Pharma Focus Asia

SARS-CoV-2 Variant Introduction Following Spring Break Travel and Transmission Mitigation Strategies

Justin M. Napolitano, Sujata Srikanth, Rooksana E. Noorai, Stevin Wilson, Kaitlyn E. Williams, Ramses A. Rosales-Garcia, Brian Krueger, Chloe Emerson, Scott Parker, John Pruitt, Rachel Dango, Lax Iyer, Adib Shafi, Iromi Jayawardena, Christopher L. Parkinson, Christopher McMahan, Lior Rennert, Congyue Annie Peng, Delphine Dean.


University spring break carries a two-pronged SARS-CoV-2 variant transmission risk. Circulating variants from universities can spread to spring break destinations, and variants from spring break destinations can spread to universities and surrounding communities. Therefore, it is critical to implement SARS-CoV-2 variant surveillance and testing strategies to limit community spread before and after spring break to mitigate virus transmission and facilitate universities safely returning to in-person teaching.


In the spring of 2021, surging SARS-CoV-2 cases kept most universities from in-person education and adversely impacted the learning experience of college students. Implementation of a saliva-based RT-qPCR testing strategy has enabled several universities to retain in-person classes. The high-complexity testing strategy allows surveillance testing of the entire university population with rapid turnaround time.

Materials and Methods:

The Clemson University Research and Education in Disease Diagnosis and Intervention (REDDI) Lab (CLIA ID: 42D2193465) performed COVID-19 diagnostic tests from saliva samples from college students, employees and neighboring community members. The SalivaDirect™: RNA extraction-free SARS-CoV-2 diagnostics protocol Workflow 2 (Yale) was modified, with only one heat treatment step at 95°C for thirty minutes instead of three.


University campuses are conducive to disease transmission due to close living quarters and high-density social interactions among the adolescent population. While the risk of severe illness from SARS-CoV-2 infection in the adolescent population is low, this population may disproportionately contribute to the spread of the disease compared to other age groups. Ideally, during times of high infectious disease rates with public health concerns, such as a dangerous epidemic or pandemic, institutions should implement high-frequency repeated testing or alternative surveillance-based testing strategies for disease mitigation during the semester, though such strategies face increasingly obstructive barriers as they become more comprehensive.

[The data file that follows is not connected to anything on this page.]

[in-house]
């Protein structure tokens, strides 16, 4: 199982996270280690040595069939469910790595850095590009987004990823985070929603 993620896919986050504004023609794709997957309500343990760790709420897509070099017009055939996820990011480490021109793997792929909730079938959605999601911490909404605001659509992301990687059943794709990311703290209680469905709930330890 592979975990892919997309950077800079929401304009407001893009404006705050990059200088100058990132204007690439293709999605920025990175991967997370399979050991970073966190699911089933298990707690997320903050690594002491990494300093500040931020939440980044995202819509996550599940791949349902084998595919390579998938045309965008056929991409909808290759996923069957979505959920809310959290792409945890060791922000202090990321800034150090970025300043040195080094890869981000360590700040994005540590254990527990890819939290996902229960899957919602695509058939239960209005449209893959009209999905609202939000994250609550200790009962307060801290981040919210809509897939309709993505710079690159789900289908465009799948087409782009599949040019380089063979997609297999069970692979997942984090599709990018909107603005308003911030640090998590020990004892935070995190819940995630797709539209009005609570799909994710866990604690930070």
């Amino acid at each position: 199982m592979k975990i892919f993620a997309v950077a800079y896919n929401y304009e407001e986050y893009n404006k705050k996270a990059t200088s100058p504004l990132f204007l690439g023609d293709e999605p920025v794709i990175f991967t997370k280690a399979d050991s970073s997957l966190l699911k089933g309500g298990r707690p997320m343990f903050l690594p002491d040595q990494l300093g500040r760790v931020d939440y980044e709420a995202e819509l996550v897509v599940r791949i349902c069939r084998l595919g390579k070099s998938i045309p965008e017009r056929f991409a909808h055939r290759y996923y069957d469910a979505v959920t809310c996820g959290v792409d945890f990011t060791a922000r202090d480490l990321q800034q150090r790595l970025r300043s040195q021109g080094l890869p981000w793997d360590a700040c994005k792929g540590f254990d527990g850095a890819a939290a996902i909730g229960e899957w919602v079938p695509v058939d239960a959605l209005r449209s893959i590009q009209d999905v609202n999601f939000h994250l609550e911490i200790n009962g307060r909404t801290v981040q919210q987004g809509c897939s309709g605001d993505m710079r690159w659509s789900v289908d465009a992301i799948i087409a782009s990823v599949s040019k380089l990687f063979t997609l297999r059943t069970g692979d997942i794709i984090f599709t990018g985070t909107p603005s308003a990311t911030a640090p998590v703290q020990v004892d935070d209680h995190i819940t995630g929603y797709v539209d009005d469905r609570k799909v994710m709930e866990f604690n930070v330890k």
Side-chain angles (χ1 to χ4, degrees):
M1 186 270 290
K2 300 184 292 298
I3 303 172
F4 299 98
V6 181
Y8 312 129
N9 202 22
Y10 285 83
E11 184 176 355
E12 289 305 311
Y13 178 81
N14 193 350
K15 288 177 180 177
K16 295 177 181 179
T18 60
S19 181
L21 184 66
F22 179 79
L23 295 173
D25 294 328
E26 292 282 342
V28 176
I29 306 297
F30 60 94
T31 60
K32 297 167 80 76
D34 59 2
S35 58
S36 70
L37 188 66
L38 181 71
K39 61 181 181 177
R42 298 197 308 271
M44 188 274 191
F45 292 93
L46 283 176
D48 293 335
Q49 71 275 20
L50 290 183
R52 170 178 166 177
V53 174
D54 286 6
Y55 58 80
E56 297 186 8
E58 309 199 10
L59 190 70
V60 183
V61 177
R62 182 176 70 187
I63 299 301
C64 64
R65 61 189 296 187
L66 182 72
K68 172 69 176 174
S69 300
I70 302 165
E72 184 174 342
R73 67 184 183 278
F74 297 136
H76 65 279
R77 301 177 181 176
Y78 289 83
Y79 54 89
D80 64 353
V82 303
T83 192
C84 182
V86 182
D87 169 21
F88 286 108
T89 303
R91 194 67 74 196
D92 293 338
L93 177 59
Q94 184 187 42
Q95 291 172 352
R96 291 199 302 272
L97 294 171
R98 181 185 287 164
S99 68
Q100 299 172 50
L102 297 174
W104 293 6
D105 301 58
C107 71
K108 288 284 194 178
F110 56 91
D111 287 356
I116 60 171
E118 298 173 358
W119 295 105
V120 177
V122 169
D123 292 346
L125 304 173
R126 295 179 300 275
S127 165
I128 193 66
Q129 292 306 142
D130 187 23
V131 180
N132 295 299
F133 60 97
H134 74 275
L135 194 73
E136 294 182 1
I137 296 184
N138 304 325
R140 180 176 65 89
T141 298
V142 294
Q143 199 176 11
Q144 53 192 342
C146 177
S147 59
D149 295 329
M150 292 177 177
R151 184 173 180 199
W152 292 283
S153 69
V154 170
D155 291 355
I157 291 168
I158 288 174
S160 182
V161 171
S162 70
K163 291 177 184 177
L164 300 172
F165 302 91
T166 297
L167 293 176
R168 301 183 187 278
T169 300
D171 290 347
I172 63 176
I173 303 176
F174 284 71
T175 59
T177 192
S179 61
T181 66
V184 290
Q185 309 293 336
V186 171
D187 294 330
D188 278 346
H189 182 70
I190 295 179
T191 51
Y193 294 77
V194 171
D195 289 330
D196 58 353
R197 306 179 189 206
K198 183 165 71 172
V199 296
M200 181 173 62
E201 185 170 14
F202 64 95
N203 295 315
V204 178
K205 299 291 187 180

Clemson University is acknowledged for providing computing time on their high-performance computing resource, the Palmetto cluster. The Clemson University Social Media Listening Center is acknowledged for collecting and curating social media data. The authors would like to thank Rachel Ham and Kylie King of the REDDI Lab for technical support

Citation: Napolitano JM, Srikanth S, Noorai RE, Wilson S, Williams KE, Rosales-Garcia RA, et al. (2024) SARS-CoV-2 variant introduction following spring break travel and transmission mitigation strategies. PLoS ONE 19(5): e0301225.

Editor: Vittorio Sambri, University of Bologna / Romagna Local Health Authority, ITALY

Received: November 1, 2023; Accepted: March 12, 2024; Published: May 9, 2024.

Copyright: © 2024 Napolitano et al. This is an open access article distributed under the terms of the Creative Commons Attribution License, which permits unrestricted use, distribution, and reproduction in any medium, provided the original author and source are credited.

Data Availability: The sequence data underlying this article are available in the GenBank Nucleotide Database at and in the Global Initiative on Sharing Avian Influenza Data (GISAID) Resources at Accession numbers are provided in Supplementary Data Set 1.

Funding: This research received funding from multiple sources. SW, REN, CLP received support from Clemson University's College of Science. DD, CAP received support from Clemson University's Vice President for Research, Clemson University's Creative Inquiry, and the South Carolina Governor & Joint Bond Review Committee. SW, REN, CLP, LR, CAP, DD received funding through the National Institute of General Medical Sciences of the National Institutes of Health (; grant number: P20GM121342). SW, REN, CLP also received funding from the National Institute of General Medical Sciences of the NIH (under grant number P20GM109094). Additionally, CAP received support from NIGMS under grant P20GM139769. The funders had no role in the study design, data collection and analysis, decision to publish, or preparation of the manuscript.

Competing interests: I have read the journal’s policy and the authors of this manuscript have the following competing interests: SW is currently employed by Illumina. BK, SP, JP, RD, LI, and AS are employed by Labcorp. The other authors declare no competing interest. This does not alter our adherence to PLOS ONE policies on sharing data and materials.


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